On What We Want, How and When

On What We Want, How and When

2 Kings 5:1-14

On What We Want, How and When

July 3, 2022
Traceymay Kalvaitis

Naaman, commander of the army of the king of Aram, was a great man and in high favor with his master, because by him the Lord had given victory to Aram. The man, though a mighty warrior, suffered from leprosy. Now the Arameans on one of their raids had taken a young girl captive from the land of Israel, and she served Naaman’s wife. She said to her mistress, “If only my lord were with the prophet who is in Samaria! He would cure him of his leprosy.” So
Naaman went in and told his lord just what the girl from the land of Israel had said. And the king of Aram said, “Go then, and I will send along a letter to the king of Israel.” He went, taking with him ten talents of silver, six thousand shekels of gold, and ten sets of garments. He brought the letter to the king of Israel, which read, “When this letter reaches you, know that I have sent to
you my servant Naaman, that you may cure him of his leprosy.”When the king of Israel read the letter, he tore his clothes and said, “Am I God, to give death or life, that this man sends word to me to cure a man of his leprosy? Just look and see how he is trying to pick a quarrel with me.”

But when Elisha the man of God heard that the king of Israel had torn his clothes, he sent a message to the king, “Why have you torn your clothes? Let him come to me, that he may learn that there is a prophet in Israel.” So Naaman came with his horses and chariots, and halted at the entrance of Elisha’s house. Elisha sent a messenger to him, saying, “Go, wash in the Jordan seven times, and your flesh shall be restored and you shall be clean.” But Naaman became angry and went away, saying, “I thought that for me he would surely come out, and stand and call on the name of the Lord his God, and would wave his hand over the spot, and cure the leprosy! Are not Abana and Pharpar, the rivers of Damascus, better than all the waters of Israel? Could I not wash in them, and be clean?” He turned and went away in a rage. But his servants approached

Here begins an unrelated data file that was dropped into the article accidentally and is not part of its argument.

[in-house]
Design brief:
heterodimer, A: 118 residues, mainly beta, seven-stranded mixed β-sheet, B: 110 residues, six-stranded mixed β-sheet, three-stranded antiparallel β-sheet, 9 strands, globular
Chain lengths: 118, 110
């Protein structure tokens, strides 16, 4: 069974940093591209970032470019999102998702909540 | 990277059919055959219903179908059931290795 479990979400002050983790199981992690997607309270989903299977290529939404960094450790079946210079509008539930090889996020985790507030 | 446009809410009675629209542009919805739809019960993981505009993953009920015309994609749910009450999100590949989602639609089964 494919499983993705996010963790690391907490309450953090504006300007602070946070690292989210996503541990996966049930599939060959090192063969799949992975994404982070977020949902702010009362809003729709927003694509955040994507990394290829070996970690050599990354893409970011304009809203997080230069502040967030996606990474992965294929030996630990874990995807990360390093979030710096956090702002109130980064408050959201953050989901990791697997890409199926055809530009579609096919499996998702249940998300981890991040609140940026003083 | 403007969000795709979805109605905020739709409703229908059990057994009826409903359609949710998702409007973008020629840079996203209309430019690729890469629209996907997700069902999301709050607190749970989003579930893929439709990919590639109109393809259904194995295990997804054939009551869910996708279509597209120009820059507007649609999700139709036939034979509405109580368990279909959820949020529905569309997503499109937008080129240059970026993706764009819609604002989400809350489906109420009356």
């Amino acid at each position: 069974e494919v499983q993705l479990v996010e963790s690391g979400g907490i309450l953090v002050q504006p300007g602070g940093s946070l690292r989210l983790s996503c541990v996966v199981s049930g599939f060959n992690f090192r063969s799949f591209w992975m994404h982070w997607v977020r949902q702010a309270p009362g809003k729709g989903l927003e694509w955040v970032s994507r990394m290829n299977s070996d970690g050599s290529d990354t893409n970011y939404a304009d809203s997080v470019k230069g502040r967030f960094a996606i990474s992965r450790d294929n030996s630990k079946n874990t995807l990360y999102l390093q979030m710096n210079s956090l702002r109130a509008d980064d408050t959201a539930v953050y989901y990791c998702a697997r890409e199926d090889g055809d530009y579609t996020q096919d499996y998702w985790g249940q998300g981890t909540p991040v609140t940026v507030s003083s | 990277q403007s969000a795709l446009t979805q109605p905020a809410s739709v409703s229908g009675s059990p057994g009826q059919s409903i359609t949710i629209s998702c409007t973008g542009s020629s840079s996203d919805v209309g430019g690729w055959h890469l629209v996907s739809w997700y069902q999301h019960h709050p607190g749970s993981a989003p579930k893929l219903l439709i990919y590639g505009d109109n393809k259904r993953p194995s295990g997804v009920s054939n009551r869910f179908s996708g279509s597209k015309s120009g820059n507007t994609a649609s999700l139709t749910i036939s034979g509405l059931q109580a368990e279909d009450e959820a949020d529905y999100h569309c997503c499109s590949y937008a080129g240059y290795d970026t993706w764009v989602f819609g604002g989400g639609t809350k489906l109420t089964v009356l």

and said to him, “Father, if the prophet had commanded you to do something difficult, would you not have done it? How much more, when all he said to you was, ‘Wash, and be clean’?” So he went down and immersed himself seven times in the Jordan, according to the word of the man of God; his flesh was restored like the flesh of a young boy, and he was clean.

Galatians 6:1-2: My friends, if anyone is detected in a transgression, you who have received the Spirit should restore such a one in a spirit of gentleness. Take care that you yourselves are not tempted. Bear one another’s burdens, and in this way you will fulfill the law of Christ.


Today’s sermon is titled On What We Want, How and When.

When we renovated our house, we decided to take out the dishwasher to gain more cabinet space. We had never had a dishwasher before, so it didn’t seem like much of a sacrifice. I have

come to regret that decision, over and over again. Can you imagine how many dishes and pots and pans a household of eight uses each day? I can tell you it’s about four sink fulls, on average. I estimate that people in my household spend about 45 minutes each day washing dishes. I am not one of the regular dishwashers. Up until this week, I would only do one load of dishes, begrudgingly, sometime over the weekend. I’m on bathroom duty, as a rule. The only reason I do one load is so I can wash the dish drainer trays once a week. If the dishwashers would properly wash and thoroughly rinse the dishes, the dish drainer trays would not need to be washed so often. It’s not easy living with so many people that hold a wide variety of standards for cleanliness.